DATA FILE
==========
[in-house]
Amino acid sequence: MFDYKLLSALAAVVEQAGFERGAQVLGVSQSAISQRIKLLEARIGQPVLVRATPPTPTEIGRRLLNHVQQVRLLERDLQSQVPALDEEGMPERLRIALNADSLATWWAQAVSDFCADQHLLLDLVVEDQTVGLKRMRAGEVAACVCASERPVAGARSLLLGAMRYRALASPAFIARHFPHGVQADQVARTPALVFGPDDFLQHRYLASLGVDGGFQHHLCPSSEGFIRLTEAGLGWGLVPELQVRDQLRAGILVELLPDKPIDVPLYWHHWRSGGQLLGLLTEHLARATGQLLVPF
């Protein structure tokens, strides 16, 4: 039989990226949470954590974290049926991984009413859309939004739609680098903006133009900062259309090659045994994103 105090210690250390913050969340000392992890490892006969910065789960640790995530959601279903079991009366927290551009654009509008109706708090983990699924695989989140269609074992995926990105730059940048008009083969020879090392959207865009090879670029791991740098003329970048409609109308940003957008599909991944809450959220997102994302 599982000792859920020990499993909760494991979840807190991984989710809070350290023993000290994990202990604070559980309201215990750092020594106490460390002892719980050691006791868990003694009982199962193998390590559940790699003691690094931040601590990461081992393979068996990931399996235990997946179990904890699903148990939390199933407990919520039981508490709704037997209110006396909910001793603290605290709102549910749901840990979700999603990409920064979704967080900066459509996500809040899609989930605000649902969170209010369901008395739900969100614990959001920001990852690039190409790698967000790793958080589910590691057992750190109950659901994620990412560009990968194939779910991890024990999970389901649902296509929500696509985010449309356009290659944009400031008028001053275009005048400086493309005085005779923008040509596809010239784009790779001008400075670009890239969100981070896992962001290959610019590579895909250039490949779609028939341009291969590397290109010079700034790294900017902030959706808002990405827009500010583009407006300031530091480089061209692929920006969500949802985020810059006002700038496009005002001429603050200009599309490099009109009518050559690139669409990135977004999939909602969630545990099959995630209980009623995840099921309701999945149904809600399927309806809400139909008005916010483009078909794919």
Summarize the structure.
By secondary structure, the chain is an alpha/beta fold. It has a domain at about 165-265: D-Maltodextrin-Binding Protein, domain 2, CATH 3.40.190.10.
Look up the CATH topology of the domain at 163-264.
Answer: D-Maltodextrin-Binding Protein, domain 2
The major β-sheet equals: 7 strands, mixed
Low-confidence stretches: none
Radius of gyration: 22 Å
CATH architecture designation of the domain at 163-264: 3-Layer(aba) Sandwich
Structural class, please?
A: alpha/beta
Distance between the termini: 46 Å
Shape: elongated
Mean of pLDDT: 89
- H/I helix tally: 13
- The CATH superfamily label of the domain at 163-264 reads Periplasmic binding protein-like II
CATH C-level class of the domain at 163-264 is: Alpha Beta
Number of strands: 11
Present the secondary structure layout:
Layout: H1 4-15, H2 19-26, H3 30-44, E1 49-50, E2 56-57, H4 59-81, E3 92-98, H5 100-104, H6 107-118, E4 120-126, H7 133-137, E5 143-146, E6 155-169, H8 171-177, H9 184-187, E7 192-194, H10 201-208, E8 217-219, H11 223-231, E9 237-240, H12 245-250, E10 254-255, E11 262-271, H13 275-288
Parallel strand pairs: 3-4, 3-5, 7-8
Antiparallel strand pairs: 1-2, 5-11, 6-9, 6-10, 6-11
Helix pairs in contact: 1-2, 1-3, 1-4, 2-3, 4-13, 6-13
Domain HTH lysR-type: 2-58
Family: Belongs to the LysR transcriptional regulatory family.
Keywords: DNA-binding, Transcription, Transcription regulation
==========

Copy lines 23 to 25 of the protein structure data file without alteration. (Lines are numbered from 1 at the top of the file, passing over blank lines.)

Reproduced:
Parallel strand pairs: 3-4, 3-5, 7-8
Antiparallel strand pairs: 1-2, 5-11, 6-9, 6-10, 6-11
Helix pairs in contact: 1-2, 1-3, 1-4, 2-3, 4-13, 6-13